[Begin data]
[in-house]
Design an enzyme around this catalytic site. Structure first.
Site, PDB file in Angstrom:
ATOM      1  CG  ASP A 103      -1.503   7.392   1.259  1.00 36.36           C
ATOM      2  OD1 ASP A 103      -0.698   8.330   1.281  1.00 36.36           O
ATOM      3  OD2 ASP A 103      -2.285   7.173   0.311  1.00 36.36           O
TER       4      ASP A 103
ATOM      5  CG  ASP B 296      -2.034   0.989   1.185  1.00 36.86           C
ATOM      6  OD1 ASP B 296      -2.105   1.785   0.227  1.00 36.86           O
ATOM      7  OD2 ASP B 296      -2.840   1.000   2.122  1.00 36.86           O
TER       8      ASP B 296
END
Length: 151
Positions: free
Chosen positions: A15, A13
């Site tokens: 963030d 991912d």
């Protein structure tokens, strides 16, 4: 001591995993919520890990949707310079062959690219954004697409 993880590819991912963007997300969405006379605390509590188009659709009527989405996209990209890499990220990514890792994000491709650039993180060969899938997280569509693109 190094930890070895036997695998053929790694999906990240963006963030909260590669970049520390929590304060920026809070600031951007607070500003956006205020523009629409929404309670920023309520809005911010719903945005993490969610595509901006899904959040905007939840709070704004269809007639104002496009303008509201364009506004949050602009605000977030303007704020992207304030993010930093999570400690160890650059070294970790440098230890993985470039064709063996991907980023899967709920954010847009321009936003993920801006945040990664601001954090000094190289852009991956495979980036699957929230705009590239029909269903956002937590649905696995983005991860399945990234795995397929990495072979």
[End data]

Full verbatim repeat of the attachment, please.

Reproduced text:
[in-house]
Design an enzyme around this catalytic site. Structure first.
Site, PDB file in Angstrom:
ATOM      1  CG  ASP A 103      -1.503   7.392   1.259  1.00 36.36           C
ATOM      2  OD1 ASP A 103      -0.698   8.330   1.281  1.00 36.36           O
ATOM      3  OD2 ASP A 103      -2.285   7.173   0.311  1.00 36.36           O
TER       4      ASP A 103
ATOM      5  CG  ASP B 296      -2.034   0.989   1.185  1.00 36.86           C
ATOM      6  OD1 ASP B 296      -2.105   1.785   0.227  1.00 36.86           O
ATOM      7  OD2 ASP B 296      -2.840   1.000   2.122  1.00 36.86           O
TER       8      ASP B 296
END
Length: 151
Positions: free
Chosen positions: A15, A13
């Site tokens: 963030d 991912d």
């Protein structure tokens, strides 16, 4: 001591995993919520890990949707310079062959690219954004697409 993880590819991912963007997300969405006379605390509590188009659709009527989405996209990209890499990220990514890792994000491709650039993180060969899938997280569509693109 190094930890070895036997695998053929790694999906990240963006963030909260590669970049520390929590304060920026809070600031951007607070500003956006205020523009629409929404309670920023309520809005911010719903945005993490969610595509901006899904959040905007939840709070704004269809007639104002496009303008509201364009506004949050602009605000977030303007704020992207304030993010930093999570400690160890650059070294970790440098230890993985470039064709063996991907980023899967709920954010847009321009936003993920801006945040990664601001954090000094190289852009991956495979980036699957929230705009590239029909269903956002937590649905696995983005991860399945990234795995397929990495072979």